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What is vitamin E acetate?

December 22, 2019

Health officials have spent months investigating
an outbreak of serious lung illnesses tied to e-cigarette use and vaping. They’ve zeroed
in on a substance called vitamin E acetate as a potential culprit. But what is vitamin
E acetate, and how does your body process it? Vitamin E is what it sounds like — it’s
a vitamin. But it’s pretty chemically unstable on its own. It’s more stable when something
called an acetate group gets added to it. Vitamin E acetate is often put in skin creams
and supplements. It’s generally seen as safe when it’s applied to the skin or when it’s
swallowed. When you ingest it, that acetate group gets
cut off by enzymes in your gastrointestinal system. The vitamin then gets trapped in these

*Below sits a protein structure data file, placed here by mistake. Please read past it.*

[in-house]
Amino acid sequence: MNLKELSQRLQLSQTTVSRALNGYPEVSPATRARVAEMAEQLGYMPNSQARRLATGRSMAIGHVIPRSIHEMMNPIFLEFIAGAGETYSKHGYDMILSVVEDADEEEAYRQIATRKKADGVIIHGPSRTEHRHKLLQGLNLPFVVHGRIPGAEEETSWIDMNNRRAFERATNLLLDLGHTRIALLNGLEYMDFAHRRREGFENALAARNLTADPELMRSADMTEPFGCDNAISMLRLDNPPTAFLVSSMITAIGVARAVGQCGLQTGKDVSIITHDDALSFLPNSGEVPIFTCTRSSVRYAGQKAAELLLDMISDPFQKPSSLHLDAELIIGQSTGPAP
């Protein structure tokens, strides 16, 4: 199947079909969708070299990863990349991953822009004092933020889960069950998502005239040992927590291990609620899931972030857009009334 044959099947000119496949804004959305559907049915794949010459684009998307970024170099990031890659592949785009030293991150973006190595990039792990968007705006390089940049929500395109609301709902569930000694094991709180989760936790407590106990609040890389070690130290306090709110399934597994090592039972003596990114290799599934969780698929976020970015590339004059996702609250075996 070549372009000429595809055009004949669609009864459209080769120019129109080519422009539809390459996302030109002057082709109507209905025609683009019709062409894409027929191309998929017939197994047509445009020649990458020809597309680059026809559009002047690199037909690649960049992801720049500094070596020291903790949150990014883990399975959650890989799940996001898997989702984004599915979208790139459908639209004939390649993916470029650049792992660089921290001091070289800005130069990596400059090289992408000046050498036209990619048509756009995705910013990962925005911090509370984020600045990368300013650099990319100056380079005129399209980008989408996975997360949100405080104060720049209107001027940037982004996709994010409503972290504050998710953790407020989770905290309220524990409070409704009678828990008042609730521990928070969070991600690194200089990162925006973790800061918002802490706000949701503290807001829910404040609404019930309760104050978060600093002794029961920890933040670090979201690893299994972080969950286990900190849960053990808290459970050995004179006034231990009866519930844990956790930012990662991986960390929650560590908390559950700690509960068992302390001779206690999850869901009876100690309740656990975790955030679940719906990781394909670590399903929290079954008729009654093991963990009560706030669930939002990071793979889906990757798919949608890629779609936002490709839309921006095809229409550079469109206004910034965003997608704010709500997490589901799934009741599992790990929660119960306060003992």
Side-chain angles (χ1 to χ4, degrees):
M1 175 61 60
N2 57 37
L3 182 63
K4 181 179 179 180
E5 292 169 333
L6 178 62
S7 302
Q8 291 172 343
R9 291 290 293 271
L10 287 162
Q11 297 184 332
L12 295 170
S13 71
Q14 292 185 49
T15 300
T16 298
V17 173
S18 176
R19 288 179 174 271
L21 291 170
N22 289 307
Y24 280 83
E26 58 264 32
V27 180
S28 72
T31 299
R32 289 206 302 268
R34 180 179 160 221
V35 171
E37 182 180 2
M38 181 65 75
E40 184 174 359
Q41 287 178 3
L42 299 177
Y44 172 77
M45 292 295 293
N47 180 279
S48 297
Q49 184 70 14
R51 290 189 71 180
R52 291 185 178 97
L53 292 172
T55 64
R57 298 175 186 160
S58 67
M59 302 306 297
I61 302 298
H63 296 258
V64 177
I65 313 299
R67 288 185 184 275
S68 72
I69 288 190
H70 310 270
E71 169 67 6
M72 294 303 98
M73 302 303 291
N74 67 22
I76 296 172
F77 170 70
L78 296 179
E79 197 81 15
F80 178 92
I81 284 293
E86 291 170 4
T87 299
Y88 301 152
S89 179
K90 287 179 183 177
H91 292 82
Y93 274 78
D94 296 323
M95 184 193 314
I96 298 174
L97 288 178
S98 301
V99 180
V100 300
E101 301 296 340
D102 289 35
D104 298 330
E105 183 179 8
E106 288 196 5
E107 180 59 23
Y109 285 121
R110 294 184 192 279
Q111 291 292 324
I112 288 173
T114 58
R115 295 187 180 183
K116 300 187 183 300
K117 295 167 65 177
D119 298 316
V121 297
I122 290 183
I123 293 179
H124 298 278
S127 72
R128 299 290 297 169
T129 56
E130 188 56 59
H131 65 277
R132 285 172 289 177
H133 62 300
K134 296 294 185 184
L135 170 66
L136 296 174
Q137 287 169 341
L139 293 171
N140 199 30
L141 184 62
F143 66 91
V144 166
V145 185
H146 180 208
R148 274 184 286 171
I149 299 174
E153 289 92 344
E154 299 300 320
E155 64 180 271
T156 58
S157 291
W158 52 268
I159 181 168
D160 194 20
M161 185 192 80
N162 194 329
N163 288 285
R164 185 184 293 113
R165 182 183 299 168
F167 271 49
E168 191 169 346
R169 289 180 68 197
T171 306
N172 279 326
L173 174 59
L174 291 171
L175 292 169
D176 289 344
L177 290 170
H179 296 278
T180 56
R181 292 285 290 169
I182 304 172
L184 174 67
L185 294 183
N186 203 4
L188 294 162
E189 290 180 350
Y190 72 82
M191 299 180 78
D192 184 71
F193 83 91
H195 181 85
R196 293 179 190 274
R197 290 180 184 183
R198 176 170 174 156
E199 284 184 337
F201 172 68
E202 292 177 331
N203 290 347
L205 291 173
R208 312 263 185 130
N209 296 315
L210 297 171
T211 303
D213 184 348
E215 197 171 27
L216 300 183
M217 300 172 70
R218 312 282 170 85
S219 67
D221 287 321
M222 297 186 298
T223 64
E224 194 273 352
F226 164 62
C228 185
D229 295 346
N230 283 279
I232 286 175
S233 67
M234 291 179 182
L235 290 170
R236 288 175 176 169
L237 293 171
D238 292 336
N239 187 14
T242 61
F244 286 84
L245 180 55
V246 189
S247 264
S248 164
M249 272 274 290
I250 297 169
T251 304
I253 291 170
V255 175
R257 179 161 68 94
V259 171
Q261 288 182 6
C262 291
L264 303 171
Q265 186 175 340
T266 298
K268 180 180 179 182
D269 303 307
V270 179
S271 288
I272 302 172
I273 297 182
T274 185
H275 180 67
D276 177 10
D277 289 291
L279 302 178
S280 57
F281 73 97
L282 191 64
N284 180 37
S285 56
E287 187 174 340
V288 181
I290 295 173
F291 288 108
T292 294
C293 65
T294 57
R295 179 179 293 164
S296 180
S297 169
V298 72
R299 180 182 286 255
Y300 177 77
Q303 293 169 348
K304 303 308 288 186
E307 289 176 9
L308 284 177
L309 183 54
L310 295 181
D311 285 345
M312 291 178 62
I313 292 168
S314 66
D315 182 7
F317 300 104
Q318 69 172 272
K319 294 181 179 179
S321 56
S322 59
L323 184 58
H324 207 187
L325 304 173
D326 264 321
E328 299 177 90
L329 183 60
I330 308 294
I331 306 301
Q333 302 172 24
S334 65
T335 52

tiny particles called mixed micelles. These are natural nanoparticles that are made by
bile acids that get secreted by your body. Those particles take the vitamin, ferry it
through the stomach’s mucus layer, and into epithelial cells.
The vitamin then gets repackaged again inside the epithelial cells, into a new kind of nanoparticle,
and it gets sent out into your bloodstream. But what happens if you inhale vitamin E acetate
because it’s been added to a vaping product? When you breathe it in, it doesn’t break down
the same way it does when you ingest it. Those enzymes aren’t there to cut off the acetate
group and send it on its way. And vitamin E acetate can hang around in the lungs for
a while, which experts think can interfere with lung function and cause serious health

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